Westmont Magazine Finding Fertile Common Ground
Christie Vander Neut Oostema ’96 remembers dramatic billboards inviting Salt Lake City residents to engage in a conversation about the future. Fifteen years later she works as deputy planning director for Envision Utah, the organization that created those signs.
Her Dutch parents immigrated to Salt Lake as children, and Christie grew up visiting the area. “I love Utah, the people here and the natural environment,” she says. “I live downtown, but I can hop on a bike and be in a canyon in the mountains in 15 minutes.”
After working in communications, she was drawn into community planning. “I have a heart for understanding stories about where people live and what they envision for their future,” she says. “I coordinate discussions from grass roots to grass tops, from residents to leaders—everyone ought to have a say because we all have a stake in the future. As we tease out stories and dreams, we help people craft a common vision. Even regions and cities have a story.”
Christie is facilitating a discussion about a blighted area on the west side of Salt Lake that serves as a transportation hub. “Regions like this can make a big impact, and we want to make the most of it,” she says. “How can we best invest here to improve the quality of the air and life in the neighborhood, reduce commute times and create communities where people can walk to work? People long for incidental meetings with each other.
“As a region, we have a 3 percent strategy that envisions about a third of new households on about 3 percent of our land in strategic locations that are urban, walkable and more neighborly. We want to return to our roots. My neighborhood downtown is 100 years old, and I can walk to the grocery store and to church. My 8-year-old daughter considers it her living room. She plays in the park, has breakfast at the local coffee shop and walks to summer camp.”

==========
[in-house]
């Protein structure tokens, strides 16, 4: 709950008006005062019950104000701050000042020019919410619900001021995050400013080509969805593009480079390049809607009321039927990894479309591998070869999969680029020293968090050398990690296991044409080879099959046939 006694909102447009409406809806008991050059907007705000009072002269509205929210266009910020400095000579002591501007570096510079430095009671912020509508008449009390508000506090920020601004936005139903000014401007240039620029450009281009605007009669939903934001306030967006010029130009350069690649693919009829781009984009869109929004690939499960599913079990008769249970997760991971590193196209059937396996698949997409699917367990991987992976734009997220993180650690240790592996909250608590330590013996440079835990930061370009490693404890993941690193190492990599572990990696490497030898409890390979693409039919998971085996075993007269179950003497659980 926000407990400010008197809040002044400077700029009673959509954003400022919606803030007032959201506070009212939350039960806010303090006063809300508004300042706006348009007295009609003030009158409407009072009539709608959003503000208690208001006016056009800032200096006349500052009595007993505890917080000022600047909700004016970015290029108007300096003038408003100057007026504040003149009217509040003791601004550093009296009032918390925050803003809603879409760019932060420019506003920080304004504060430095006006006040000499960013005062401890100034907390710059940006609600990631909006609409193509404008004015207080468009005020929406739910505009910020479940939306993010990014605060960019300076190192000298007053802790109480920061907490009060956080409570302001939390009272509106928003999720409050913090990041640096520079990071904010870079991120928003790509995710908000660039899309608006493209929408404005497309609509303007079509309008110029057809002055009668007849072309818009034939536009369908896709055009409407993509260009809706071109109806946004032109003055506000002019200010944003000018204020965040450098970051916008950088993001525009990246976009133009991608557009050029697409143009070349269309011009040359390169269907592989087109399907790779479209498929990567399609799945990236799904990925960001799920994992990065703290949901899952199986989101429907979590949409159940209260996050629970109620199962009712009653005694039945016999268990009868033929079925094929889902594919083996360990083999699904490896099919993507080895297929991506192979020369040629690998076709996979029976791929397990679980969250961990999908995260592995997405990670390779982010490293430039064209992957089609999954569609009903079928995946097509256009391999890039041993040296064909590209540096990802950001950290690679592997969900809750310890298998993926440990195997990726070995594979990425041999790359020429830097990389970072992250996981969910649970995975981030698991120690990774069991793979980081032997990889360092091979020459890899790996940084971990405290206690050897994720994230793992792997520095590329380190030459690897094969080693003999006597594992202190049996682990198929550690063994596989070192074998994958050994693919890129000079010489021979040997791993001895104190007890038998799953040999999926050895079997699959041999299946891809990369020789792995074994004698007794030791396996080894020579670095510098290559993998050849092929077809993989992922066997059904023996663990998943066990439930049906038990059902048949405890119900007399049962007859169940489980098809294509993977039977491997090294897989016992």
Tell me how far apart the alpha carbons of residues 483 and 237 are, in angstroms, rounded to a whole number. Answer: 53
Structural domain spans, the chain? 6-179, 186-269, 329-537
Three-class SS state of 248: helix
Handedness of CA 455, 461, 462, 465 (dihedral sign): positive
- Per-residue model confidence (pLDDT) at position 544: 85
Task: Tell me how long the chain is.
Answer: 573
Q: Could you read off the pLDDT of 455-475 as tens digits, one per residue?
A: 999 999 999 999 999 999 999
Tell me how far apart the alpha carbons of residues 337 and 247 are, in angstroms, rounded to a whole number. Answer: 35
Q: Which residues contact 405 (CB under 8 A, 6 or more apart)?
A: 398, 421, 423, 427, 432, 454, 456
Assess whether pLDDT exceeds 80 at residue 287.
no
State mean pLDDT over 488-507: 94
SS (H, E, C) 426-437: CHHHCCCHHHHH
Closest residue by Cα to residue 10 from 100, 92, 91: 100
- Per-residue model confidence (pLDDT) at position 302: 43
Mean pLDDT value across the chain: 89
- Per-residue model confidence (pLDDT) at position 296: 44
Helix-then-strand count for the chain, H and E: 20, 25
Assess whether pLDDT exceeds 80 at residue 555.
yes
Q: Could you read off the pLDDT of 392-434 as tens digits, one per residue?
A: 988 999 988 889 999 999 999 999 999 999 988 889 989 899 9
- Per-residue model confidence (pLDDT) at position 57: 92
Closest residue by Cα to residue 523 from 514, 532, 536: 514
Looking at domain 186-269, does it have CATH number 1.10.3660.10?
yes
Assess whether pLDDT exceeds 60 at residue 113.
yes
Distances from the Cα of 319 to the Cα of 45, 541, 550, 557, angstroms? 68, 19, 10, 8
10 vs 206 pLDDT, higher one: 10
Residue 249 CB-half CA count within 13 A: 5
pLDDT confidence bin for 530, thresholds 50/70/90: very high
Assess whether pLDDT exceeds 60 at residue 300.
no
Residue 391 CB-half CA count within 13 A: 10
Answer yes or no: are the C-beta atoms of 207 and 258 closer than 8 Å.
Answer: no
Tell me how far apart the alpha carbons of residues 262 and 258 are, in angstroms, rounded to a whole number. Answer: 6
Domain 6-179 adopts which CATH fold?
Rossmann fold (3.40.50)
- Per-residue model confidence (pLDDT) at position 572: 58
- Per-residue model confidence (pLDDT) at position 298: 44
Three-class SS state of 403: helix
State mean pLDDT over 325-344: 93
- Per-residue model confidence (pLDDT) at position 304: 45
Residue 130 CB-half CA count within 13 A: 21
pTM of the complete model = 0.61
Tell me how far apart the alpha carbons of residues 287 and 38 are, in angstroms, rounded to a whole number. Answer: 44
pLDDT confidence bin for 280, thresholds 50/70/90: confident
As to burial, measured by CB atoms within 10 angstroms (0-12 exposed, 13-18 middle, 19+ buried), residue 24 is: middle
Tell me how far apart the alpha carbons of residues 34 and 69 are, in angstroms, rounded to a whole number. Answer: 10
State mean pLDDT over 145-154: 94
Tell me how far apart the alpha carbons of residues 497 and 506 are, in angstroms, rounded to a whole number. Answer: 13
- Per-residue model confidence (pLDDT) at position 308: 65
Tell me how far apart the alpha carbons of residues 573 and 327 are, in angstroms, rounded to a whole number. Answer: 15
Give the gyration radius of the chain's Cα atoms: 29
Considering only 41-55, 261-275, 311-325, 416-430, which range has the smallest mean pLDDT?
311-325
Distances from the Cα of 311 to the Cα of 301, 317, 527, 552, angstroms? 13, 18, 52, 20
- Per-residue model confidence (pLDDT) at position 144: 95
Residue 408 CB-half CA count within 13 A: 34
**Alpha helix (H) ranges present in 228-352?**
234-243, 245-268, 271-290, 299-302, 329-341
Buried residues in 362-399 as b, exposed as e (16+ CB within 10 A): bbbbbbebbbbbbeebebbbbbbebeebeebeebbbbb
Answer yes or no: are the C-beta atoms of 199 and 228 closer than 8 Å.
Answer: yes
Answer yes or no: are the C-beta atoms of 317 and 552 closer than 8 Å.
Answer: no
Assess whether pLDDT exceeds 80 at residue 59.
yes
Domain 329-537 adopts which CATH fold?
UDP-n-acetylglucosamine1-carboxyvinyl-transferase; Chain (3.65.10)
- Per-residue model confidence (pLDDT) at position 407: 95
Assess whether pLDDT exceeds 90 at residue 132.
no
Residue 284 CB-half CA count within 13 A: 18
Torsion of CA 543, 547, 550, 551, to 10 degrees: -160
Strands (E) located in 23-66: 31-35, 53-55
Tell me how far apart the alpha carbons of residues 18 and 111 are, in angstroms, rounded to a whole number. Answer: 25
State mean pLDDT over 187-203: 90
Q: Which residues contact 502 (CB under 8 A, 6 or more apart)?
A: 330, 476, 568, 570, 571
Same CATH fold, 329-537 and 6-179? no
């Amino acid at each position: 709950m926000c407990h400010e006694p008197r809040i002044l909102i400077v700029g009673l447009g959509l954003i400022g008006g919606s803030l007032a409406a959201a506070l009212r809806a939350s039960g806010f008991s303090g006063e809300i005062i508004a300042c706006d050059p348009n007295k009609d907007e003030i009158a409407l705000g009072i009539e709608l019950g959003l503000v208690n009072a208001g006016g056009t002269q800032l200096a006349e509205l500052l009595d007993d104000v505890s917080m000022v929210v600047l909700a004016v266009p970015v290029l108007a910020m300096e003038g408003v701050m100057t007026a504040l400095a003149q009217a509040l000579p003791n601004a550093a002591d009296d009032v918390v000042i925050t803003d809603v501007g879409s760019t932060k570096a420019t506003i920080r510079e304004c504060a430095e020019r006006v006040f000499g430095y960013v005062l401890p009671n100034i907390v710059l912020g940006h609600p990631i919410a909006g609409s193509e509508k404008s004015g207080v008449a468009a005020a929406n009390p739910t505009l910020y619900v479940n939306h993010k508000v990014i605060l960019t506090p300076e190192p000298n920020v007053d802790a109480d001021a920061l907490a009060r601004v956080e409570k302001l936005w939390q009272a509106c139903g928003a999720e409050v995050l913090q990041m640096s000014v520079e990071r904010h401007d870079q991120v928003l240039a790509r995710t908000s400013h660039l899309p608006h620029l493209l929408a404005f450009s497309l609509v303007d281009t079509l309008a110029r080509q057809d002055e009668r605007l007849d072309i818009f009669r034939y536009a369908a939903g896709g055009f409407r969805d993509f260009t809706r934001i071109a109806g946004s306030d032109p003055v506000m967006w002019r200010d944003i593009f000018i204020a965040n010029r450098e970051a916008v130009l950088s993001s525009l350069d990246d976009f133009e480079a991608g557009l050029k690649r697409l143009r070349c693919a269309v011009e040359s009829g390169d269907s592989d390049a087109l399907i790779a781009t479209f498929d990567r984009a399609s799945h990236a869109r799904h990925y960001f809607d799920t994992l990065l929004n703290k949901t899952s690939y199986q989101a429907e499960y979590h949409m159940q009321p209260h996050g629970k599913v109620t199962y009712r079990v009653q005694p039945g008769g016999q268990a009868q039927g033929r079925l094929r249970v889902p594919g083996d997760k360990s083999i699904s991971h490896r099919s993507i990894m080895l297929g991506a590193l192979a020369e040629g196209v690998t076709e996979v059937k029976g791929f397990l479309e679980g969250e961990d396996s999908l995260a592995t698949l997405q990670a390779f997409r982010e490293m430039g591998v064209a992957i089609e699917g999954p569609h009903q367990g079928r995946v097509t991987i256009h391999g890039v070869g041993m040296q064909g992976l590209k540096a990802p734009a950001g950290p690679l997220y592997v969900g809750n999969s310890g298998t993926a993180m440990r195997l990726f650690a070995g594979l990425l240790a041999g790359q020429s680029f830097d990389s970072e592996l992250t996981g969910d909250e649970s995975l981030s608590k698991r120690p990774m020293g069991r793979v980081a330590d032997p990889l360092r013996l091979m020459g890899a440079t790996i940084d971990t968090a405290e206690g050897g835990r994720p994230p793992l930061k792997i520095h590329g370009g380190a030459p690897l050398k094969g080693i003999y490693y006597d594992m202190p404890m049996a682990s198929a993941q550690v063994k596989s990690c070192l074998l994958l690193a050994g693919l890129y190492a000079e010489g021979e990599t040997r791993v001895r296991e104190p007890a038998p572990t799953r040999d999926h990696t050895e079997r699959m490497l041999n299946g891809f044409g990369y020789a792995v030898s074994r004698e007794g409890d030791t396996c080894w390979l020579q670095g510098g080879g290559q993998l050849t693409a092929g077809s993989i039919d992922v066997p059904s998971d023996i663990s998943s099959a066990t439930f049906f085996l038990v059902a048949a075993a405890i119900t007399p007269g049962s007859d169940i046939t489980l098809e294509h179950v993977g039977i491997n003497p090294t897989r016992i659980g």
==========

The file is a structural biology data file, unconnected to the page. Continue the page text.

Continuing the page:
Envision Utah works with the U.S. Department of Housing and Urban Development to teach their process to communities nationwide, and they’ve met with 13 countries interested in the model. “We help people see common ground in landscapes that are polarized,” Christie says. “The verse, ‘Be completely humble and patient, bearing with one another in love,’ reminds me to listen and help people listen to each other and understand the common ground they share.”
An English major with a minor in Spanish, Christie edited the Phoenix her fifth year, when she earned a secondary teaching credential. “I miss chapel,” she says. “You don’t get that kind of intentional experience three times a week anywhere else. I love to learn and to try new things. Westmont exposed me to so many ideas, and I could weigh them in a challenging and intellectually rigorous setting grounded in faith. I honed a world view that I was raised with and accepted as my own, discovering who I am as a child of God.”
Once she got involved in community planning, Christie completed a Master of Urban Planning at the University of Utah and teaches there as adjunct assistant professor at the College of Architecture + Planning. She belongs to First Christian Reformed Church, which her parents attended as children. “It’s been a family to me,” she says. Historically the congregation was Dutch, but now it reflects her diverse urban neighborhood. “Utah is becoming more diverse and culturally rich, and the state is choosing to view that diversity as an asset and incredible portal to the world at large.”